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British Cycling has stripped Cameron Jeffers of his national e-racing title, plus banned him from racing in the real world, after it discovered he’d cheated at the first-ever e-racing nationals.
How does one cheat at e-nationals? There are a couple of simple ways, like playing with claimed rider weight, which affects the watts per kilogram that e-racing uses to determine speed. But organizers take pains to make such obvious cheating difficult. Jeffers instead used another part of the game — equipment upgrades.
Zwift, the platform used for Britain’s e-nationals, allows riders to update their equipment. Jeffers unlocked what is called a “Tron” bike, which made him faster on race day. The use of the Tron bike itself was not what got Jeffers in trouble. Rather, it was his use of an automated system to unlock the bike.
There are multiple equipment options that Zwift users can upgrade to, usually by completing a particular challenge or reaching a certain “level” within the game. That was the case with Jeffers and the Tron bike. But rather than complete the required challenge himself, he used a simulator to do the required climbing for him.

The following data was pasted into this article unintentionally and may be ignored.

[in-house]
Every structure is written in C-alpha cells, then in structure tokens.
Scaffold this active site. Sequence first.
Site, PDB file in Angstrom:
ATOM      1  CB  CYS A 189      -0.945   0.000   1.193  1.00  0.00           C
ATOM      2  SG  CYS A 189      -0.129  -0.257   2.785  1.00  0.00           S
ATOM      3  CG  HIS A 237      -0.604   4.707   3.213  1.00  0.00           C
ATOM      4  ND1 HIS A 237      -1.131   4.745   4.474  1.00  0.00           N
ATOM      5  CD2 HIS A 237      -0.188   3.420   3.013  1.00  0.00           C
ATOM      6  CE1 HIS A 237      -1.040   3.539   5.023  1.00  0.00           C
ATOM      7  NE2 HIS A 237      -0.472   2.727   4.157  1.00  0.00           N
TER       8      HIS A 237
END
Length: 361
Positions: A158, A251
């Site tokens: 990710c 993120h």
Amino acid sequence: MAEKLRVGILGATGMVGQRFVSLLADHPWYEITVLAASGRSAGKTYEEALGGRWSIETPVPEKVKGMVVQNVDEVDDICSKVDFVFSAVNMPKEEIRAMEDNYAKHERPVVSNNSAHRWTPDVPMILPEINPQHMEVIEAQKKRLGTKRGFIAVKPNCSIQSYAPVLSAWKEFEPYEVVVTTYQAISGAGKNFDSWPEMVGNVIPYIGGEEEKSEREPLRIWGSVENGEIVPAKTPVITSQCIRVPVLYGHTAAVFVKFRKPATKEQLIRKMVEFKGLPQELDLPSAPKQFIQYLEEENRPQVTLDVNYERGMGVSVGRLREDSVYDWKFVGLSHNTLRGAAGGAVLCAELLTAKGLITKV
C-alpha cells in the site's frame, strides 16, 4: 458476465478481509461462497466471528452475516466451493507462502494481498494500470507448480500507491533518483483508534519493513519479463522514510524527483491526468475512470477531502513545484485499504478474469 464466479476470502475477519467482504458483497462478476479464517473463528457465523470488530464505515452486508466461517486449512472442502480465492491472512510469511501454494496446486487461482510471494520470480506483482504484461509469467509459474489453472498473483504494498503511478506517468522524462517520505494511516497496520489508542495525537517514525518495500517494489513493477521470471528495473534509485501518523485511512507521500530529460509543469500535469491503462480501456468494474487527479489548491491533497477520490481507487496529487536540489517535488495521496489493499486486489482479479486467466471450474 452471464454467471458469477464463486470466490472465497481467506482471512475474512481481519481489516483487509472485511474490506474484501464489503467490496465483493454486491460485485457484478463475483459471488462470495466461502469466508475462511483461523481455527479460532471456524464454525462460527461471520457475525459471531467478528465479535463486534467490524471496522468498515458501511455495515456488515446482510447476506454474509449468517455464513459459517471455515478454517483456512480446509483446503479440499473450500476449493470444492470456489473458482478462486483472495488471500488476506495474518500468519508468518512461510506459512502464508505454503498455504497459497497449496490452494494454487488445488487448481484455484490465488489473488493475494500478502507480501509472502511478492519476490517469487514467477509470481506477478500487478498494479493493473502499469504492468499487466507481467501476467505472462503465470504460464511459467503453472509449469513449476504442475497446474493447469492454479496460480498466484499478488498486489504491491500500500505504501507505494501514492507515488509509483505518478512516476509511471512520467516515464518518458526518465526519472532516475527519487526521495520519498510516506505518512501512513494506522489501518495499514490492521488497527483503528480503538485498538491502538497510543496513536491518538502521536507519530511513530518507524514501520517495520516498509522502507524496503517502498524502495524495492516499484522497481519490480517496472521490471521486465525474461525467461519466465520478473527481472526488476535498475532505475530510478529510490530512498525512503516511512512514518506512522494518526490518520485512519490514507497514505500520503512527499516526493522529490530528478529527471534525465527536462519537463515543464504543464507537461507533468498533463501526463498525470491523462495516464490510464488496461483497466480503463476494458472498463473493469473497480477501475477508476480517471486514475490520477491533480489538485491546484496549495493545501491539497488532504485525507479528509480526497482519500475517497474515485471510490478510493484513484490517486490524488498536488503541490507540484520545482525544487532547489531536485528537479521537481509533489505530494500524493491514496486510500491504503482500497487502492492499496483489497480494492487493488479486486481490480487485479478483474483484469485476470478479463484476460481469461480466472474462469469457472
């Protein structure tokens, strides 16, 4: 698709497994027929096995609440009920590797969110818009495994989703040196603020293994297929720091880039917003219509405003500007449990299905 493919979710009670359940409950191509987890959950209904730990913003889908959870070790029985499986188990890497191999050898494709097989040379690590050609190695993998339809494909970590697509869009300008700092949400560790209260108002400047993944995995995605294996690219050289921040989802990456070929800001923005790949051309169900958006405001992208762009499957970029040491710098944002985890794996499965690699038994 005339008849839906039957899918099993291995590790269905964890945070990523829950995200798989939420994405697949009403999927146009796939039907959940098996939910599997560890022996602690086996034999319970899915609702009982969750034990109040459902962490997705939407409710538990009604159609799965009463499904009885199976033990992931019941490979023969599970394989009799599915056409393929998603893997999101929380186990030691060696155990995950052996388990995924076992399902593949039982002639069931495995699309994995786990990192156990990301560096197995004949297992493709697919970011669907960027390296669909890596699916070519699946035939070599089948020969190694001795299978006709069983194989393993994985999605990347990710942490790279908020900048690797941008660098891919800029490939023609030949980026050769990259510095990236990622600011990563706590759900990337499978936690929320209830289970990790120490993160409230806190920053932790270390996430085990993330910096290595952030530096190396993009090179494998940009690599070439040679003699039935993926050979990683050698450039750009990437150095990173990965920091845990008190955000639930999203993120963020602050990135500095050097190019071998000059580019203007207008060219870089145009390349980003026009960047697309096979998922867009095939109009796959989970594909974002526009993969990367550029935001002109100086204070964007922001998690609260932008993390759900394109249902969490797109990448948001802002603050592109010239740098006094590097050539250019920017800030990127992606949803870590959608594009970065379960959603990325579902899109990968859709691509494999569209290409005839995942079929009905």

“Essentially an ANT+ simulator was used to climb the 50,000m [required] in game to unlock the bike which means I didn’t personally operate Zwift to unlock the bike,” Jeffers said in a statement.
The website ZwiftInsider lists the Tron bike as the fastest available Zwift bike, ahead of the Cervelo S5, Trek Madone, and Canyon Aeroad.
The advantage isn’t massive. Completing a regular lap of Zwift’s Watopia figure-8 circuit at the same power and weight, the Tron bike saves 16 seconds over the standard “Zwift Aero” bike, dropping a rider’s time from 51’08” to 50’52, according to ZwiftInsider, which conducted the testing.
“I accept this practice was unethical and unsporting and I have fully cooperated with BC on their investigation,” Jeffers said. “I fully believe in esports and its part in cycling’s future. I will continue to support it and use what I have learnt from my mistakes to help shape it as it grows.”
The penalty is a six-month suspension from all racing, not just e-racing, plus a £250 fine.
“Defending fair play in our competitions is at the core of our responsibilities as a governing body,” said British Cycling integrity and compliance director Rod Findlay in a statement. “The fact that we have been able to investigate the offense and uphold the charge reflects the strength of our new disciplinary regulations and our determination to pursue misconduct.”
James Phillips, initially the runner-up, has been declared the new national champ.